What Agnes wants to care for is to hug her brother Irak. And in this pandemic year, she is frustrated that she can’t do more than visit from the outside window of her care home.
Irak Vegil, 48, has amyotrophic lateral sclerosis or ALS. Since 2008, he has been a resident of the George Pearson Center in Vancouver, an expanded care facility built in 1952 for people with complex physical and health conditions. The outdated site is scheduled for redevelopment in the coming years and residents will be relocated to new support homes.
For Care and her parents Andrzej and Grazina Vegial, changing their son and brother does not come quickly. Until that happens, the family is struggling to improve the quality of his care at George Pearson, which Care describes as “not enough.”
She believes the COVID-19 pandemic has exacerbated Irek’s situation.
“During the first two months of the lockdown, when visits were limited, my brother had three serious infections that put him in the hospital,” she said. “ALS is already a very serious disease and your loved one and your family through this struggle, with anxiety, stress, stress, especially at this time, it is heartbreaking.”
Long before the epidemic, the family repeatedly recognized the problems surrounding care. Carey alleges that his brother is often in an awkward position in his bed and wheelchair, resulting in pain and discomfort and that his call-button – his only lifeline – is often unavailable to him.
And at times, she alleges, the injury was caused by a lack of proper care.
The center agreed that care was not ‘the best possible’
In 2015, Irek Vazial’s hand was shot with a defective string in his call-button. The center agreed that “he did not receive the best possible care for this particular incident” as a further investigation into the incident did not reach a decision on what happened.
Care said their situation was not unique. Over the years, the families of George Pearson residents have fought for better care for their loved ones. And it was a long and frustrating battle.
“We had meetings with social workers once a month with all the other families,” she said. “It was very difficult, because every time we tried to improve care, we had resistance. No matter how many times we complained, nothing improved.”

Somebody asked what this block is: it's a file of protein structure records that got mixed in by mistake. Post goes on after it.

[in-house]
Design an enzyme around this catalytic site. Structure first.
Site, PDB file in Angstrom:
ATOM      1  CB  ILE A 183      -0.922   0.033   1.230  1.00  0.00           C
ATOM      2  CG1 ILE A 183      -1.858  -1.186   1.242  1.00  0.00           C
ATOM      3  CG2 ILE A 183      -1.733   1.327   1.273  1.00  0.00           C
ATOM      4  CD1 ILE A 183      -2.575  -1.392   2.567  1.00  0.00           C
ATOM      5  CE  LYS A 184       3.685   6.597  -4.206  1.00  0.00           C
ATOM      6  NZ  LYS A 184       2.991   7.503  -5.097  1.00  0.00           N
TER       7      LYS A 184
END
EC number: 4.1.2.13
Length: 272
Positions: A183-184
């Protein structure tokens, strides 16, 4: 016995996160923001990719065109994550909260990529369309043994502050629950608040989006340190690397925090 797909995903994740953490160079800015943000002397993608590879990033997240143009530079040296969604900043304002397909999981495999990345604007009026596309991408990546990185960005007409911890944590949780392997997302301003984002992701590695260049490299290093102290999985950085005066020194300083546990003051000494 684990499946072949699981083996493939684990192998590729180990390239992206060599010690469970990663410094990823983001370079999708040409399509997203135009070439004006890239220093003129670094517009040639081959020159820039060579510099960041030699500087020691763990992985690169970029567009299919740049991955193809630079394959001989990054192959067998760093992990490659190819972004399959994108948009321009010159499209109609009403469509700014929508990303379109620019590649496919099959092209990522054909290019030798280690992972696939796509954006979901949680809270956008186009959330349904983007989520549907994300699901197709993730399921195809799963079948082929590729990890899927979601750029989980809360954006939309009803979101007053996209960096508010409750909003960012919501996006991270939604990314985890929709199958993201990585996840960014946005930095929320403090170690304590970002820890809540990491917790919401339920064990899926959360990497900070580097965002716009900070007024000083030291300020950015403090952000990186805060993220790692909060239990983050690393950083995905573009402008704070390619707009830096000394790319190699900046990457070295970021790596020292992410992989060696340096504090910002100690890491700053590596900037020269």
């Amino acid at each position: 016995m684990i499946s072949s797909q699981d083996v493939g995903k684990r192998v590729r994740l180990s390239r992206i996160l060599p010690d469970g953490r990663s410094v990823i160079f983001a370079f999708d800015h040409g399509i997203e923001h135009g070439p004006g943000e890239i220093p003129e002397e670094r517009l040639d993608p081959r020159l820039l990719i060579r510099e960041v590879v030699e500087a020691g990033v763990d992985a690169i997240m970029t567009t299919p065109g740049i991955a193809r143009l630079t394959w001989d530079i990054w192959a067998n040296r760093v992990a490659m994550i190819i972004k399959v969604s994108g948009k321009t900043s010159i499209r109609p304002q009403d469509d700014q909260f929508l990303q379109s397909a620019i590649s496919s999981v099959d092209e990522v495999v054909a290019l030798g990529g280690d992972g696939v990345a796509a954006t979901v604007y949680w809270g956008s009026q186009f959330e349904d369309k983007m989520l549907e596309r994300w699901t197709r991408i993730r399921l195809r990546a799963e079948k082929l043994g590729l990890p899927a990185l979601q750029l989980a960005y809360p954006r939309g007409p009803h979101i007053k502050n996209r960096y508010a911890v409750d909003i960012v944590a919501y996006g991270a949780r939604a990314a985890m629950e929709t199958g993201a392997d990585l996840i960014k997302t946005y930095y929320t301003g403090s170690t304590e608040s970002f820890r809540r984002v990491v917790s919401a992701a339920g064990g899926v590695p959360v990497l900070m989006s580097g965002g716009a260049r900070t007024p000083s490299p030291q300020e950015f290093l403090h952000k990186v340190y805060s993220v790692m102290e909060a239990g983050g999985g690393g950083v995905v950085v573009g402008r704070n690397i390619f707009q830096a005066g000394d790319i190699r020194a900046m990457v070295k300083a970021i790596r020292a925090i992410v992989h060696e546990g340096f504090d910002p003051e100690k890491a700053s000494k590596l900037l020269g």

She did not stop fighting.
She took her problems to George Pearson Management, Vancouver Coastal Health, Patient Care Quality Office, local MLA Michael Lee and the BC Ombudsperson. And she was bored from years of looking indifferent.
Assuming she had no other choice, Carey leaned towards BC Health Minister Adrian Dix. She and two other families of George Pearson residents met with the minister on August 21st.
“We told him what my family and other families face on a daily basis. We asked for help for change and cried in despair,” Carey said. “It’s beyond despair.”
Although she did not hear anything directly from the Ministry of Health, after the August 21 meeting she received notice that the Patient Care Quality Review Board had reopened her file. But so far, nothing has been resolved.
Accountability is very difficult to find, the lawyer said
The Ministry of Health and Vancouver Coastal Health did not respond to repeated requests as to whether any progress had been made since the meeting with the Minister.
Christine Gordon understands the frustration of families. She has been with Policy and Program Consultant with Disability Alliance BC and the Community and Resident Mentors Association in George Pearson for over 20 years.
“The problem is that they are all trapped in a structure that is very challenging for all of us right now,” she says. “It is very difficult to get accountability around all the actions that are put in place to protect the people.”
Raising awareness among the people will further enhance the benefit of families, she said.
“Raising awareness with the general public and calling for accountability from people who care, even if there are no relatives in long-term care,” she said.
The pandemic now hit George Pearson directly.
On November 18, the families received a notification from Vancouver Coastal Health, where after the COVID-19 cases were confirmed, the center was placed under better surveillance. None of the residents were affected and no outbreak was announced. So far, the order on the use of goggles or visors aside, there are no news yet.
Irek’s parents are still able to visit – they have been for many months now – as necessary visitors. Agnes, an active paramedic, continues to visit from the outside, at the window or via Skype.
This is a new concern for Care and her parents, who are concerned about the dangerous health of the Irrawaddy.
“The change at George Pearson needs to be made and done soon, for my mother, my brother and dad – for families like me,” she said.
“I want my brother to be safe.”
Talk more about this story to hear CBC’s Kathy Brown Initial edition, Click on the audio link below:
Initial edition8:35Denied access: How it reveals pandemic issues in residential care